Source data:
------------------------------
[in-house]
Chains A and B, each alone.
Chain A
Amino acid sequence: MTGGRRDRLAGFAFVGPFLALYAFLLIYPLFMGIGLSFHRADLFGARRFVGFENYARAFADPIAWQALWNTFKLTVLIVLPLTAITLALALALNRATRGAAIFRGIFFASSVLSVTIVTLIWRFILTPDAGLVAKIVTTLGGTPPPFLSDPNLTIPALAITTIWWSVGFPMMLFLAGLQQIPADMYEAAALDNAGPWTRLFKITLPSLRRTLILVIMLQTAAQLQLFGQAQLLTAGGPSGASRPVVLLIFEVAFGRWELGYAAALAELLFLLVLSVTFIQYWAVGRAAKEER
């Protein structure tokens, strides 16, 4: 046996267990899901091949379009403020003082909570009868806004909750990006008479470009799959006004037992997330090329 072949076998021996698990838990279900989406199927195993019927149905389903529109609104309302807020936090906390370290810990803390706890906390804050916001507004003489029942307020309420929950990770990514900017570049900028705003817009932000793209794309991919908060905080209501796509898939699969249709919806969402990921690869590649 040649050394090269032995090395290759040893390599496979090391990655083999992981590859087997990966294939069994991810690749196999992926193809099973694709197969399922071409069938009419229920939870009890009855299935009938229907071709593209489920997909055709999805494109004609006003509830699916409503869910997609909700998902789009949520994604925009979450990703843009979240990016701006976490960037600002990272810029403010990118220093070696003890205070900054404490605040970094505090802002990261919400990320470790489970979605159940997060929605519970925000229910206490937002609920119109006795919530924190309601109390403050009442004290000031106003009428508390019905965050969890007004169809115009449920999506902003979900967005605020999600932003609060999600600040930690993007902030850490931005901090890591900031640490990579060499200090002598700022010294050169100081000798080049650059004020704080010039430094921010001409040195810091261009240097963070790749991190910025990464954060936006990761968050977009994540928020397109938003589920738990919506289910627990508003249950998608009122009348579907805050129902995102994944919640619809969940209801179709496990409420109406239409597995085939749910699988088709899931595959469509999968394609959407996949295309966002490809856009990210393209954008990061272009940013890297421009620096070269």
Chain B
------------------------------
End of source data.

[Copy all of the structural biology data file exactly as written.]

[in-house]
Chains A and B, each alone.
Chain A
Amino acid sequence: MTGGRRDRLAGFAFVGPFLALYAFLLIYPLFMGIGLSFHRADLFGARRFVGFENYARAFADPIAWQALWNTFKLTVLIVLPLTAITLALALALNRATRGAAIFRGIFFASSVLSVTIVTLIWRFILTPDAGLVAKIVTTLGGTPPPFLSDPNLTIPALAITTIWWSVGFPMMLFLAGLQQIPADMYEAAALDNAGPWTRLFKITLPSLRRTLILVIMLQTAAQLQLFGQAQLLTAGGPSGASRPVVLLIFEVAFGRWELGYAAALAELLFLLVLSVTFIQYWAVGRAAKEER
């Protein structure tokens, strides 16, 4: 046996267990899901091949379009403020003082909570009868806004909750990006008479470009799959006004037992997330090329 072949076998021996698990838990279900989406199927195993019927149905389903529109609104309302807020936090906390370290810990803390706890906390804050916001507004003489029942307020309420929950990770990514900017570049900028705003817009932000793209794309991919908060905080209501796509898939699969249709919806969402990921690869590649 040649050394090269032995090395290759040893390599496979090391990655083999992981590859087997990966294939069994991810690749196999992926193809099973694709197969399922071409069938009419229920939870009890009855299935009938229907071709593209489920997909055709999805494109004609006003509830699916409503869910997609909700998902789009949520994604925009979450990703843009979240990016701006976490960037600002990272810029403010990118220093070696003890205070900054404490605040970094505090802002990261919400990320470790489970979605159940997060929605519970925000229910206490937002609920119109006795919530924190309601109390403050009442004290000031106003009428508390019905965050969890007004169809115009449920999506902003979900967005605020999600932003609060999600600040930690993007902030850490931005901090890591900031640490990579060499200090002598700022010294050169100081000798080049650059004020704080010039430094921010001409040195810091261009240097963070790749991190910025990464954060936006990761968050977009994540928020397109938003589920738990919506289910627990508003249950998608009122009348579907805050129902995102994944919640619809969940209801179709496990409420109406239409597995085939749910699988088709899931595959469509999968394609959407996949295309966002490809856009990210393209954008990061272009940013890297421009620096070269």
Chain B